Massachusetts legislators have filed new bills this session centered on decriminalizing drug posession and use. GBH Morning Edition host Joe Mathieu spoke with Northeastern University law professor and GBH News legal analyst Daniel Medwed about the proposed measures, how they would work, and how they line up with how other states are approaching decriminalization. The transcript below has been edited for clarity.
Joe Mathieu: One bill in particular is making news, Daniel — one that would decriminalize all drugs. That's quite a headline; it made national news this week. How would it work?
Daniel Medwed: Well, it's a rather straightforward decriminalization bill that was introduced in the House by Representatives Liz Miranda and Mike Connolly with a virtually identical bill in the Senate by Julian Cyr. People in the Commonwealth nowadays, of course, are subject to criminal penalties if they're caught possessing a controlled substance. If passed, this bill would completely eradicate that approach and replace it with a civil fine system. You'd be socked with a civil fine of $50, and even then it could be voided if you simply agree to what's called needs testing, an evaluation of your health or other service needs. Now, the law is entitled "An Act [Relative to] Harm Reduction and Racial Justice," which I think really encapsulates the twin objectives of the bill. First, that the war on drugs has inflicted a lot of collateral damage on our collective well-being — this emphasis on criminal punishment, not public health. And second, that communities of color have really disproportionately borne the brunt of that collateral damage and that they deserve some redress.
Mathieu: OK, so you've really identified a trend there and we're seeing similar bills pop up in some other states, Daniel. How do they compare to ours?
Medwed: Well, the trendsetter is really Oregon. It became the first in the nation last November when it voted to decriminalize all drug possession and replace the system with one of fines and treatment, not unlike the system proposed in Massachusetts. What was different about Oregon, though, is that it came to pass through a ballot initiative, not the regular legislative process, which has a couple of advantages. For one thing, it provides political cover to legislators. Second, it provides a window into the extent of public support for the measure. More than 58 percent of Oregonians voted in favor of it. It just took effect on February 1st, so we don't know how it's going to play out, but obviously people are paying close attention. In terms of similar bills this term, a number of states are considering decriminalization bills. Vermont in particular is rumored to be on the cusp of introducing one any day now.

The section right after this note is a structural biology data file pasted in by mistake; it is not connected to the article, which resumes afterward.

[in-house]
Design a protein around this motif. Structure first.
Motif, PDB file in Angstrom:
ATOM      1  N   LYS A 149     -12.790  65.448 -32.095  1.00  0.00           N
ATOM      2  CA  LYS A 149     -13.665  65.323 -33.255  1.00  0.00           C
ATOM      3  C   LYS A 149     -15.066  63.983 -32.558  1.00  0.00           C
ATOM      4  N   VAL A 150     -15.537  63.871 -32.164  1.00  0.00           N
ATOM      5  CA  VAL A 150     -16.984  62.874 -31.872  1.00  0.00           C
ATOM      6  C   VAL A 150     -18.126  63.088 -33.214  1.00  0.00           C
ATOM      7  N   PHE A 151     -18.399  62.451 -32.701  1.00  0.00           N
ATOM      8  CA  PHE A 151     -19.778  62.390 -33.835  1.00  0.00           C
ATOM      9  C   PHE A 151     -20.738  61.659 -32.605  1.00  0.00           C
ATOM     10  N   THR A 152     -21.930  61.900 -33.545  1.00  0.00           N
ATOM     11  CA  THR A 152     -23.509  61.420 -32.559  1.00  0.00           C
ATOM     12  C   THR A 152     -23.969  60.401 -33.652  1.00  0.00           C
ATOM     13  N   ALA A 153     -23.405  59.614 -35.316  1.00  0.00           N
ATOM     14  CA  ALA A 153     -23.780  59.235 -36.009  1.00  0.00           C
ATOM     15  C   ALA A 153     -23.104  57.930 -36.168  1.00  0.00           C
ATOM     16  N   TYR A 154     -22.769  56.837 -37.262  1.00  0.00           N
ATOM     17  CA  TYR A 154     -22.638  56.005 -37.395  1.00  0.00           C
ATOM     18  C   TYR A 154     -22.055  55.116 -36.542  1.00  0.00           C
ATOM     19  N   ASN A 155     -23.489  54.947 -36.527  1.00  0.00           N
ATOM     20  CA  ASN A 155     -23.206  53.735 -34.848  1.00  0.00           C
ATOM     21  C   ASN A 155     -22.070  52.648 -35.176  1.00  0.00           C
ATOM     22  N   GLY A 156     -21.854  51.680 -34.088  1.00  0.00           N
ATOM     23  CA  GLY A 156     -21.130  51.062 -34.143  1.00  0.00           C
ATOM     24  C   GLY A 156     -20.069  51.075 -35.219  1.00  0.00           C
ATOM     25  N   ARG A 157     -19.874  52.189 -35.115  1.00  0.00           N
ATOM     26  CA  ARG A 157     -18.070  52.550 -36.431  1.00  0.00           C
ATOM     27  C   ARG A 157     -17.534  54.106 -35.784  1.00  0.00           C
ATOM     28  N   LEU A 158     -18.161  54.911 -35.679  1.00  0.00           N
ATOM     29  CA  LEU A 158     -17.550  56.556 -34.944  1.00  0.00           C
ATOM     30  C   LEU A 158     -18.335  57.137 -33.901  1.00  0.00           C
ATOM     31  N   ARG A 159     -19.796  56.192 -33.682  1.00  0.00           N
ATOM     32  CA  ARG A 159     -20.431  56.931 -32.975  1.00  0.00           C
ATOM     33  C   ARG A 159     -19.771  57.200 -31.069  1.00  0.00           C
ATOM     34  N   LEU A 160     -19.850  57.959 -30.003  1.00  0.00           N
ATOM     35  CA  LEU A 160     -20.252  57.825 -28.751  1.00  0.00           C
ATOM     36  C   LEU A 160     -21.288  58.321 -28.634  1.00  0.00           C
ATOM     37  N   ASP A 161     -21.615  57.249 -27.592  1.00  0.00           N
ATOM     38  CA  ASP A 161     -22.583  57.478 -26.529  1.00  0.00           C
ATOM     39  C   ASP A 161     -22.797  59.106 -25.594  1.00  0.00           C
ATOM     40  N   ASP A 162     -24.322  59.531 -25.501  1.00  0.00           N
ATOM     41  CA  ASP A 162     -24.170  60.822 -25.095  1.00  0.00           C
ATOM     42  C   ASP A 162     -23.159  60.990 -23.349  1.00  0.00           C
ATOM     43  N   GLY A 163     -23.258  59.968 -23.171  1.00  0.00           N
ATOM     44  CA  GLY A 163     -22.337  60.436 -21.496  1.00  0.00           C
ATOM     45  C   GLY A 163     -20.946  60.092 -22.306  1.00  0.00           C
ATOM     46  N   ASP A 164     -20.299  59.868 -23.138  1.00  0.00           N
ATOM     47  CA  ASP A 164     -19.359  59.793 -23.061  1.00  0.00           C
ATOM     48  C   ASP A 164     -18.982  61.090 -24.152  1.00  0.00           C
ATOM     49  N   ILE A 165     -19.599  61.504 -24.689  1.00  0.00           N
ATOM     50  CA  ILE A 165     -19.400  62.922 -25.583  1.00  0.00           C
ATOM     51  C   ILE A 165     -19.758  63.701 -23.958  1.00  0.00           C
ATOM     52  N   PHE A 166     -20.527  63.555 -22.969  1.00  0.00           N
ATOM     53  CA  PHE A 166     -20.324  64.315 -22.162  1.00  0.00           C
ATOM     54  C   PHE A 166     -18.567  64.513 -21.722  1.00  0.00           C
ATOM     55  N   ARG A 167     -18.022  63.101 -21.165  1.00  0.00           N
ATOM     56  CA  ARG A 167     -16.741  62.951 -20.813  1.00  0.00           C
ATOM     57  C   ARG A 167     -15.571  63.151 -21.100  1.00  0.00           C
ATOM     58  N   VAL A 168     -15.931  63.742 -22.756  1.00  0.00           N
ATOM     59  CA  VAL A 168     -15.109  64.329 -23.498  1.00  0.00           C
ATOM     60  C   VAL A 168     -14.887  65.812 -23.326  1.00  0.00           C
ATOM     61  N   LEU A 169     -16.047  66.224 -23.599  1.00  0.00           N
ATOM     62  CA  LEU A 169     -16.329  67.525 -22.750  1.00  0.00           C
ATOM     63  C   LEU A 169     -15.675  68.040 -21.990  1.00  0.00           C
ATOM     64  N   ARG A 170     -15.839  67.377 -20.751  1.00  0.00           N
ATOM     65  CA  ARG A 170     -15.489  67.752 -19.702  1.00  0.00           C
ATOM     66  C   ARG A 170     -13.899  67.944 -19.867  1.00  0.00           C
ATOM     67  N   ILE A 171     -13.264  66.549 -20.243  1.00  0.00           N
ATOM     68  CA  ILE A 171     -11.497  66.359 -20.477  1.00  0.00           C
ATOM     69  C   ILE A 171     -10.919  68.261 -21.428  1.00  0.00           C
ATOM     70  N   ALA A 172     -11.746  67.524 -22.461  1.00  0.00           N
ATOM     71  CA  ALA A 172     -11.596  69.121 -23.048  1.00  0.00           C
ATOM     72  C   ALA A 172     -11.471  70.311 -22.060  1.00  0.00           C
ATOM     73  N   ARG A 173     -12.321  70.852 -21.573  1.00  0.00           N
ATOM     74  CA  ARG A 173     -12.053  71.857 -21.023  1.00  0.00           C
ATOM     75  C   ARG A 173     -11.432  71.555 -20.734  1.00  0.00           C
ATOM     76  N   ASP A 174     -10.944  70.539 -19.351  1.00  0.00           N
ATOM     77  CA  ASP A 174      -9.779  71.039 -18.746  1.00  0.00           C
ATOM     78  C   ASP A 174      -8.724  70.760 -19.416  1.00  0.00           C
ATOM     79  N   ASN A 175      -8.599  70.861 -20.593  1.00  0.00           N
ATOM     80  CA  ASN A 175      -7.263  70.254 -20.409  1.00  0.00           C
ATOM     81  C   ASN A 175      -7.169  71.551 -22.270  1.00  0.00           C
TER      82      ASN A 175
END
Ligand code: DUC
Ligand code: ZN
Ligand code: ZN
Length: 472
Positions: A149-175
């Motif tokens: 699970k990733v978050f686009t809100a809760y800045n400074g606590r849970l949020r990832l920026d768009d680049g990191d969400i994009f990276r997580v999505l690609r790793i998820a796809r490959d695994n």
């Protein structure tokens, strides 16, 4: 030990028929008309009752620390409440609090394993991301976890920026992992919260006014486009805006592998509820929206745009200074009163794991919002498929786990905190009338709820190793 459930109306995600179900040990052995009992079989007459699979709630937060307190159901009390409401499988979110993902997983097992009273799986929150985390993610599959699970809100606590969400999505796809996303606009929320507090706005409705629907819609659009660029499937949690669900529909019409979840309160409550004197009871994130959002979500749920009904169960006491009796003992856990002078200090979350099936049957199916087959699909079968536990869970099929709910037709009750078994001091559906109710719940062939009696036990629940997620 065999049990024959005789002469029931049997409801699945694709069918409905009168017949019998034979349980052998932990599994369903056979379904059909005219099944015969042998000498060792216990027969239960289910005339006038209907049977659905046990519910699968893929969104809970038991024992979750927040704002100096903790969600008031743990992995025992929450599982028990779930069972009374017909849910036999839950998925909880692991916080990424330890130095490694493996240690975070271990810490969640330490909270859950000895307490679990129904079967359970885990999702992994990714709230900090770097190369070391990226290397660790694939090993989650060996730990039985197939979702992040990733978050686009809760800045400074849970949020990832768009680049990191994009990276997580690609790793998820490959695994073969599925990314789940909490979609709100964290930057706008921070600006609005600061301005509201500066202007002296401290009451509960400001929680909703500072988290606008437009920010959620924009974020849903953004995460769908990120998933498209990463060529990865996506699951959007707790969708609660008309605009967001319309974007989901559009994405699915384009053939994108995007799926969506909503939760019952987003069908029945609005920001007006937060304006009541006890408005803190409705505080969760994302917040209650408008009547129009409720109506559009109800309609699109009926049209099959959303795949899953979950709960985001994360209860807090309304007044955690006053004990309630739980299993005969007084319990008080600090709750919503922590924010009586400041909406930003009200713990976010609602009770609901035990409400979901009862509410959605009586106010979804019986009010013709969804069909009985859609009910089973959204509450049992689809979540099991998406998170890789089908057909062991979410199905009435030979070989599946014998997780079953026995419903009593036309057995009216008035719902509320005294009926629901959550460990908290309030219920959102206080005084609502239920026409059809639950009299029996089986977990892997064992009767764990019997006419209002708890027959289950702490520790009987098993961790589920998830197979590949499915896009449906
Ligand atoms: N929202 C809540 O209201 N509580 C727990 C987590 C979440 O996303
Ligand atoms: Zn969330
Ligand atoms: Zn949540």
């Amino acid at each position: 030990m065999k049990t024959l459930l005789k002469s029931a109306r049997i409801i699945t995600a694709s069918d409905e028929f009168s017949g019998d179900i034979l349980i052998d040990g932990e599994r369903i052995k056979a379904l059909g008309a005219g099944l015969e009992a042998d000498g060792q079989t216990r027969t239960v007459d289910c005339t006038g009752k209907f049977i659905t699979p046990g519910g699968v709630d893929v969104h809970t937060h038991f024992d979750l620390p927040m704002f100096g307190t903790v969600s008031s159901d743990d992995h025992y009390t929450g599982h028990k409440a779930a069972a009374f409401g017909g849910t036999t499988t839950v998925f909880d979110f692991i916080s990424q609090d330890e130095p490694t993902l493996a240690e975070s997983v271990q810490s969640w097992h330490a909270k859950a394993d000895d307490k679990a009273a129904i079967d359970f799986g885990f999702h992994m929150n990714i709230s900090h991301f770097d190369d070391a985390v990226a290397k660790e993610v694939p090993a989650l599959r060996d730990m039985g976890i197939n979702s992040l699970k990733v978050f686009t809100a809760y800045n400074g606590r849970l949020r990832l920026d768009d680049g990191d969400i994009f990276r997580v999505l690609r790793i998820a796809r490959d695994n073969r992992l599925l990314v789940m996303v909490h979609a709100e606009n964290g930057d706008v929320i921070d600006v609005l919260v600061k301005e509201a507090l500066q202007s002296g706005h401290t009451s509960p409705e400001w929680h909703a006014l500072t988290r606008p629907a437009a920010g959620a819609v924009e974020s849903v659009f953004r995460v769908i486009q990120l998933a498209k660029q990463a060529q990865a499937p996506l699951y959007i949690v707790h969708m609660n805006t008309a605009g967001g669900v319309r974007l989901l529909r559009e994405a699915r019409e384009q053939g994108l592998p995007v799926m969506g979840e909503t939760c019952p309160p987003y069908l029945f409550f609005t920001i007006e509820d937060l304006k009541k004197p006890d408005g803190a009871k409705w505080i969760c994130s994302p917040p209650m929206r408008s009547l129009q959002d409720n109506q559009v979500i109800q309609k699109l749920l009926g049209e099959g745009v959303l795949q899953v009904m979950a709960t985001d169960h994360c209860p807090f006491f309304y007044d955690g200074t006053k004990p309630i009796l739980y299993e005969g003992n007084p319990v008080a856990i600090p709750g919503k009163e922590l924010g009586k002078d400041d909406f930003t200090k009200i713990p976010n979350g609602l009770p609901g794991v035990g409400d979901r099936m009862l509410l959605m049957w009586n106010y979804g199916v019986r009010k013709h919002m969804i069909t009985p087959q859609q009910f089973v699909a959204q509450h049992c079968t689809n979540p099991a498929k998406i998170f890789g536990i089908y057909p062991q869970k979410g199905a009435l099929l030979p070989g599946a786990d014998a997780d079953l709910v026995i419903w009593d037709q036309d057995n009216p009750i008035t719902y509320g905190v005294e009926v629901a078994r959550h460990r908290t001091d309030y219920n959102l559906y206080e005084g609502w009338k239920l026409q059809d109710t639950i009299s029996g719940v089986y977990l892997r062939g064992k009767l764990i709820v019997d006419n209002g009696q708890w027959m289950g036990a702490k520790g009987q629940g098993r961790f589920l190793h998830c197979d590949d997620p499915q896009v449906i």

Mathieu: And we should note that legalizing marijuana here in Mass. came through a ballot initiative, right? Not legislation.
Medwed: That's right. Yeah.
Mathieu: There's another that would take us from decriminalization to the legalization of certain psychedelic drugs. Are we going to be in a world where people are buying some different mushrooms at the grocery store here or what?
Medwed: Quite possibly, Joe. So that one was also filed by Mike Connolly in the House. It would establish a 21-person task force to study various things through June 2022 and issue some reports. So first, the task force would take up the issue you just alluded to. It would study plant and fungi-based psychedelics and consider proposing recommendations to legalize the possession of them. I really should emphasize the limited scope here — just natural psychedelics, not things like heroin or cocaine or so. Second, that task force would also look into whether people could be pardoned or have their convictions expunged, if they were saddled with criminal convictions due to drug offenses.
Mathieu: I know it's local, so it's apples and oranges a bit, but we've seen Somerville and Cambridge decriminalizing psychedelics already this year. This is obviously controversial, Daniel, but has any state actually done this on the state level yet or are considering doing it?
Medwed: I'm not aware of a state that's gone so far as to actually legalize it yet, but it's inevitable. It's going to happen because so many states are considering it at the moment. In fact, the day before Representatives Miranda and Connolly submitted their own a bill, a state senator in California introduced a similar bill that would legalize the possession and social sharing of psychedelic drugs, as well as a few other controlled substances. Even lawmakers in conservative states like Texas are considering this issue. I read about one bill in Iowa where a Republican lawmaker introduced a bill that would remove psychedelic mushrooms from the list of controlled substances. It's really a growing movement, one could say a 'mushrooming' movement across the country.